A little respect

While MacPhee may understandably not appreciate having this dragged back into the spotlight a month later – and after he apologised to Boatman who likely understood MacPhee’s so-close-yet-so-far frustrations far better than even the American himself - the overreaching situation does bear looking at.

Everyone buys into a tournament for the same amount (satellites and staking aside) and - perhaps unless they’re behaving like a classless ass themselves - deserves as much respect as anyone else. Singling out players for contempt because you think that your talents dwarf their own is both unnecessarily arrogant and quite simply stupid (not that I’m saying this was the case between MacPhee and Boatman but as an overriding trend). Why would you want to do anything to stop players that you feel are largely adding dead money to the pot from playing further events? Surely any professional poker player wants to play a field packed with as many players less skilled than themselves as possible. Young intelligent players fresh from the trolling practices of the online world haven’t seem to have grasped this. It’s one of the many on-going paradoxes within the poker world.

Cool heads

From what I’ve seen on tour and what’s been relayed anecdotally MacPhee really does seem to be one of the good guys, which in hindsight was perhaps the most disappointing aspect of the incident. Everyone deserves to be allowed to make a mistake or two - at and away from the poker table – and as long as they learn from them all can be forgiven.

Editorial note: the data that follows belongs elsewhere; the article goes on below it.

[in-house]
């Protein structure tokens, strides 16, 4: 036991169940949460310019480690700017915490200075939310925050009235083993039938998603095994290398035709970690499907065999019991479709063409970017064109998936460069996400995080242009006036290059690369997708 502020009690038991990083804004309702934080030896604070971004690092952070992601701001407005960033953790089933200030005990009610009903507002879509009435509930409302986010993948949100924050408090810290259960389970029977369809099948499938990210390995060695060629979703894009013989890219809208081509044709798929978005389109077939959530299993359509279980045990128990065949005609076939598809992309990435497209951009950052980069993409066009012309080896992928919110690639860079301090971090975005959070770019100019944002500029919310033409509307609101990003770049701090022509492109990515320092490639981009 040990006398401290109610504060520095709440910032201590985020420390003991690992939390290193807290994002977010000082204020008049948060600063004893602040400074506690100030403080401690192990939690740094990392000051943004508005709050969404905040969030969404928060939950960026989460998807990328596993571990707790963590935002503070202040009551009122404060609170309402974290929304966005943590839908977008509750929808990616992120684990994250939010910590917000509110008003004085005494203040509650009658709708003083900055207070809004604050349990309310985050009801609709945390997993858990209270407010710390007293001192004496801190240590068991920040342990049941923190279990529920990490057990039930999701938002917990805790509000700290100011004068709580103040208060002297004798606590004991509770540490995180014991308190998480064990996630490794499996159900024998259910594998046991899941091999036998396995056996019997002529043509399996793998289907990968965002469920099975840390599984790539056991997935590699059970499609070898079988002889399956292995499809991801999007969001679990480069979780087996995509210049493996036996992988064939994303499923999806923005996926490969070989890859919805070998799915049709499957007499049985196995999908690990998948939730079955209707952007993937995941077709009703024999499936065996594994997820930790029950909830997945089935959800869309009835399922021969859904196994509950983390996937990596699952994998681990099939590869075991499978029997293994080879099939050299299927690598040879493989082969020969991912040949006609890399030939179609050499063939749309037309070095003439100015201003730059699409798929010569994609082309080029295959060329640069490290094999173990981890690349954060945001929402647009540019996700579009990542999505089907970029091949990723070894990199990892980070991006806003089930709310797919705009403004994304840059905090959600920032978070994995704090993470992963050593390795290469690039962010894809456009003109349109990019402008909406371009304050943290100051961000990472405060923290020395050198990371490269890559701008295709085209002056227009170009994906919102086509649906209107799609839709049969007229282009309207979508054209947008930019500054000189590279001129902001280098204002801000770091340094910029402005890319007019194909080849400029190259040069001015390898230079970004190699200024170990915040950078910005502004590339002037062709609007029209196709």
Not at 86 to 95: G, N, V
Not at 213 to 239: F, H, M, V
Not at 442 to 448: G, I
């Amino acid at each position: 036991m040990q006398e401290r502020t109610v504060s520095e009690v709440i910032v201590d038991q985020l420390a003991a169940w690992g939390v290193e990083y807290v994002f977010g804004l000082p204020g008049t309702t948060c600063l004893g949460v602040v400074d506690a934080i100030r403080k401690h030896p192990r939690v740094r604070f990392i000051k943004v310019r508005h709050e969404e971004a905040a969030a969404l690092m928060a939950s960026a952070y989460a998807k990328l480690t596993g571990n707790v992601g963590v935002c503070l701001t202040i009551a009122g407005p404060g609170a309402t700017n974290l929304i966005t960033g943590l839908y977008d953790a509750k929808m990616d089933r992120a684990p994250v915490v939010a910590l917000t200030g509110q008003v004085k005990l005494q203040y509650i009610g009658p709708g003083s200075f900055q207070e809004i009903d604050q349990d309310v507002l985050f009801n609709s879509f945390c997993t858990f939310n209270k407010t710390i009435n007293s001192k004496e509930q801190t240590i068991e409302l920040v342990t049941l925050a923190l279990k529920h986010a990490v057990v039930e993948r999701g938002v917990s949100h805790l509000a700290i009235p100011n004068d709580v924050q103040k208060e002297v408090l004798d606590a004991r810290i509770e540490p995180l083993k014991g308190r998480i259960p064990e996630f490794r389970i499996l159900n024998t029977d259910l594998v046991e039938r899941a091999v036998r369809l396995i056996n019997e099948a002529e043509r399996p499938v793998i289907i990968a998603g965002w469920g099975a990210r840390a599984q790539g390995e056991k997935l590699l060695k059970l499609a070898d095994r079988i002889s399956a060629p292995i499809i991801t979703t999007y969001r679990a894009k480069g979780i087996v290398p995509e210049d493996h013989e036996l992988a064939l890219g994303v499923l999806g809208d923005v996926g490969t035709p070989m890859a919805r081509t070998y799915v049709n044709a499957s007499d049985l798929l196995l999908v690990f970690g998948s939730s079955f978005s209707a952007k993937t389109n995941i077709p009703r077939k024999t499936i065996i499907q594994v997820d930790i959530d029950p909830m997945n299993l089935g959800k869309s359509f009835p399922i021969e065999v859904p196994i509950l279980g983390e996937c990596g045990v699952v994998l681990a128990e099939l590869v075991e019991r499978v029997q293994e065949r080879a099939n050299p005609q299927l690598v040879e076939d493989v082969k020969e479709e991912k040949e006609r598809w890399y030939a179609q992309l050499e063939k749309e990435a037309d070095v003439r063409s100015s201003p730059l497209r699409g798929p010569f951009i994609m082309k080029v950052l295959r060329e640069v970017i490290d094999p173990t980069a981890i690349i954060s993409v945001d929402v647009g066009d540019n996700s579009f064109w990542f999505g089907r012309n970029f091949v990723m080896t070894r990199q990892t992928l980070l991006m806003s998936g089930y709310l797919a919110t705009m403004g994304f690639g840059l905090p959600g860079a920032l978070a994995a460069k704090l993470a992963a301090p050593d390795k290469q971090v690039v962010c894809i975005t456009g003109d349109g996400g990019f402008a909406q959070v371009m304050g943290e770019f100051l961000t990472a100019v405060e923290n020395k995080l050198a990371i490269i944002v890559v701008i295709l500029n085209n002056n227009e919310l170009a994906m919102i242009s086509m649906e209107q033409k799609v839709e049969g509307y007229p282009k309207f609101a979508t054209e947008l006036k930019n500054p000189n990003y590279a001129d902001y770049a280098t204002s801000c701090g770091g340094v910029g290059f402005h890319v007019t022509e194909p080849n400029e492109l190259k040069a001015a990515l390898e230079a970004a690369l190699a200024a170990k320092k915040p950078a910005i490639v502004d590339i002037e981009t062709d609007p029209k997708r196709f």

Here’s hoping MacPhee has so that something good can come from the incident as we look to push forward the good sporting practices of the game: that winners claim their spoils with humility and the losers take their beats with as good grace as they can muster.

If you’re to follow MacPhee’s story on Twitter, which seems appropriate to do so, then it appears he’s back on track. One of MacPhee’s most recent re-tweets reads: ‘I am continually amazed by how much more you learn from your mistakes than you do from your successes.’ -

Wise words from Mr Caby and ones that you and I can take to heart just as much as MacPhee. And while we’re at it can we stop using the word ‘retarded’?

Rick Dacey has been writing, reporting, living and breathing poker since leaving conventional journalism in August 2005 to join the launch team of PokerPlayer magazine, an anarchic mag that became Britain’s best selling poker title. Since going freelance in 2008 Dacey has split his time between playing and writing about the game, becoming a regular feature on the European poker circuit in the process. He can often be spotted stalking between tournament tables carrying a notepad, pen and sour expression or, after play has ended, with a beer, expletives and stolen sandwich. He tweets under the  handle and can also be found spouting vitriol at

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20th of December 2011